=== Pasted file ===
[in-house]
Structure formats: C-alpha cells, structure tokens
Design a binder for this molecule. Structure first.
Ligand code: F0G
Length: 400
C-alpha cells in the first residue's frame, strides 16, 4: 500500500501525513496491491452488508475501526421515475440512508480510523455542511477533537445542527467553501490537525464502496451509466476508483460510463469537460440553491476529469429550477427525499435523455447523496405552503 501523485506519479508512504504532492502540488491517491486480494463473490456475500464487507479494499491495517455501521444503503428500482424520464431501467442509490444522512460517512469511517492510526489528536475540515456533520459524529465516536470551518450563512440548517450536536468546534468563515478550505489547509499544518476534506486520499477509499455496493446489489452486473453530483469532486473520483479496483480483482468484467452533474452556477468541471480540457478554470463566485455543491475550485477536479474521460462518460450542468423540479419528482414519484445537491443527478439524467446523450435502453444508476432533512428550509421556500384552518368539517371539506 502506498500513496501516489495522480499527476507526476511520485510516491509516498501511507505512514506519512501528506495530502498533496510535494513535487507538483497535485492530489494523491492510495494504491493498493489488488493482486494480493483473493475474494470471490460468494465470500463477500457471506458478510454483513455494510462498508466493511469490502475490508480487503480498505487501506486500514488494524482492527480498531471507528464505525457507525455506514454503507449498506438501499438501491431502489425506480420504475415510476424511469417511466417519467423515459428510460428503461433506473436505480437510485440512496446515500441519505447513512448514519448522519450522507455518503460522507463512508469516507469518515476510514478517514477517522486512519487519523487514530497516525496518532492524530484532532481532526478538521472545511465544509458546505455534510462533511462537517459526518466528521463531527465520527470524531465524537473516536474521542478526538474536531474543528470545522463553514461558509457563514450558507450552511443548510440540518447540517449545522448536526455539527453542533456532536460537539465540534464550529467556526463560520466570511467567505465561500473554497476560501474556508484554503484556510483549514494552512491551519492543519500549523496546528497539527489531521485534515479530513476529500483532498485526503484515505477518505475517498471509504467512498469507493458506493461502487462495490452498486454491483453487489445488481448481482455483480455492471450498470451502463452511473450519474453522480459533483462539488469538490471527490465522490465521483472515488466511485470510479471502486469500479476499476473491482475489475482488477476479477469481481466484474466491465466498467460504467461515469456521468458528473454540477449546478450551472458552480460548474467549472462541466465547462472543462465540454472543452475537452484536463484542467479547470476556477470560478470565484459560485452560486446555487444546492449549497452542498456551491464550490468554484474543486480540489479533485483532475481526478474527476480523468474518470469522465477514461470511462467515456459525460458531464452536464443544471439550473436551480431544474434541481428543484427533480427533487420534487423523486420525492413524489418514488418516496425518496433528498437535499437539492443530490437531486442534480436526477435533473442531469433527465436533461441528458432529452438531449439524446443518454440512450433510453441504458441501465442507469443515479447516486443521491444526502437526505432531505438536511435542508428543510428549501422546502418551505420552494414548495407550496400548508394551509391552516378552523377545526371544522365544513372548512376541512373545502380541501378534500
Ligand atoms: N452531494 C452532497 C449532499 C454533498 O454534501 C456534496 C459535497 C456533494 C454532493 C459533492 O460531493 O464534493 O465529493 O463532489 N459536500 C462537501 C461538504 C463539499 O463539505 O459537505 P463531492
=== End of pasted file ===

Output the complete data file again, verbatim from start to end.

[in-house]
Structure formats: C-alpha cells, structure tokens
Design a binder for this molecule. Structure first.
Ligand code: F0G
Length: 400
C-alpha cells in the first residue's frame, strides 16, 4: 500500500501525513496491491452488508475501526421515475440512508480510523455542511477533537445542527467553501490537525464502496451509466476508483460510463469537460440553491476529469429550477427525499435523455447523496405552503 501523485506519479508512504504532492502540488491517491486480494463473490456475500464487507479494499491495517455501521444503503428500482424520464431501467442509490444522512460517512469511517492510526489528536475540515456533520459524529465516536470551518450563512440548517450536536468546534468563515478550505489547509499544518476534506486520499477509499455496493446489489452486473453530483469532486473520483479496483480483482468484467452533474452556477468541471480540457478554470463566485455543491475550485477536479474521460462518460450542468423540479419528482414519484445537491443527478439524467446523450435502453444508476432533512428550509421556500384552518368539517371539506 502506498500513496501516489495522480499527476507526476511520485510516491509516498501511507505512514506519512501528506495530502498533496510535494513535487507538483497535485492530489494523491492510495494504491493498493489488488493482486494480493483473493475474494470471490460468494465470500463477500457471506458478510454483513455494510462498508466493511469490502475490508480487503480498505487501506486500514488494524482492527480498531471507528464505525457507525455506514454503507449498506438501499438501491431502489425506480420504475415510476424511469417511466417519467423515459428510460428503461433506473436505480437510485440512496446515500441519505447513512448514519448522519450522507455518503460522507463512508469516507469518515476510514478517514477517522486512519487519523487514530497516525496518532492524530484532532481532526478538521472545511465544509458546505455534510462533511462537517459526518466528521463531527465520527470524531465524537473516536474521542478526538474536531474543528470545522463553514461558509457563514450558507450552511443548510440540518447540517449545522448536526455539527453542533456532536460537539465540534464550529467556526463560520466570511467567505465561500473554497476560501474556508484554503484556510483549514494552512491551519492543519500549523496546528497539527489531521485534515479530513476529500483532498485526503484515505477518505475517498471509504467512498469507493458506493461502487462495490452498486454491483453487489445488481448481482455483480455492471450498470451502463452511473450519474453522480459533483462539488469538490471527490465522490465521483472515488466511485470510479471502486469500479476499476473491482475489475482488477476479477469481481466484474466491465466498467460504467461515469456521468458528473454540477449546478450551472458552480460548474467549472462541466465547462472543462465540454472543452475537452484536463484542467479547470476556477470560478470565484459560485452560486446555487444546492449549497452542498456551491464550490468554484474543486480540489479533485483532475481526478474527476480523468474518470469522465477514461470511462467515456459525460458531464452536464443544471439550473436551480431544474434541481428543484427533480427533487420534487423523486420525492413524489418514488418516496425518496433528498437535499437539492443530490437531486442534480436526477435533473442531469433527465436533461441528458432529452438531449439524446443518454440512450433510453441504458441501465442507469443515479447516486443521491444526502437526505432531505438536511435542508428543510428549501422546502418551505420552494414548495407550496400548508394551509391552516378552523377545526371544522365544513372548512376541512373545502380541501378534500
Ligand atoms: N452531494 C452532497 C449532499 C454533498 O454534501 C456534496 C459535497 C456533494 C454532493 C459533492 O460531493 O464534493 O465529493 O463532489 N459536500 C462537501 C461538504 C463539499 O463539505 O459537505 P463531492